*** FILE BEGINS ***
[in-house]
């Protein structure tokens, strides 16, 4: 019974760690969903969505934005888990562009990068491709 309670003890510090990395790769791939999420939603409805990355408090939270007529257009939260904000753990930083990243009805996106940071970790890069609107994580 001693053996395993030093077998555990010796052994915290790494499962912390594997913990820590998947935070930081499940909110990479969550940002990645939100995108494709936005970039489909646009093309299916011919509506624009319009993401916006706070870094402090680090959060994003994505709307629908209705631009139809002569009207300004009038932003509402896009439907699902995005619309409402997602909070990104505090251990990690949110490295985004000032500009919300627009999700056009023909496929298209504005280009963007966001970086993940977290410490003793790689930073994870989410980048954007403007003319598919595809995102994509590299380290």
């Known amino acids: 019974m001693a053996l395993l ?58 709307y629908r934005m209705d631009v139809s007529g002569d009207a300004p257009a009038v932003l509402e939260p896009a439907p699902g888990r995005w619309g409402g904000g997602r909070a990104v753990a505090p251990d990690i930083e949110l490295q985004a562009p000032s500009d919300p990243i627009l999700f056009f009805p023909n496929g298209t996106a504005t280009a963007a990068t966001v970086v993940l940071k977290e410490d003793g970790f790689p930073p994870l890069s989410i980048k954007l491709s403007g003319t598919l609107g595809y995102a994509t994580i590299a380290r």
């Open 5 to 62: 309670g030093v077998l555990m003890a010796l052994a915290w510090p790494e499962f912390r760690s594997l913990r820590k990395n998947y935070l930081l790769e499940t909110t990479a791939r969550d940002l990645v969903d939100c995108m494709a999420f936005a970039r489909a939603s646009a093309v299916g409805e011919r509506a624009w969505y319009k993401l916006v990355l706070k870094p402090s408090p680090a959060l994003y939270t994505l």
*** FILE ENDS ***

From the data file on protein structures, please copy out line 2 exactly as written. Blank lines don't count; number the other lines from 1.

């Protein structure tokens, strides 16, 4: 019974760690969903969505934005888990562009990068491709 309670003890510090990395790769791939999420939603409805990355408090939270007529257009939260904000753990930083990243009805996106940071970790890069609107994580 001693053996395993030093077998555990010796052994915290790494499962912390594997913990820590998947935070930081499940909110990479969550940002990645939100995108494709936005970039489909646009093309299916011919509506624009319009993401916006706070870094402090680090959060994003994505709307629908209705631009139809002569009207300004009038932003509402896009439907699902995005619309409402997602909070990104505090251990990690949110490295985004000032500009919300627009999700056009023909496929298209504005280009963007966001970086993940977290410490003793790689930073994870989410980048954007403007003319598919595809995102994509590299380290």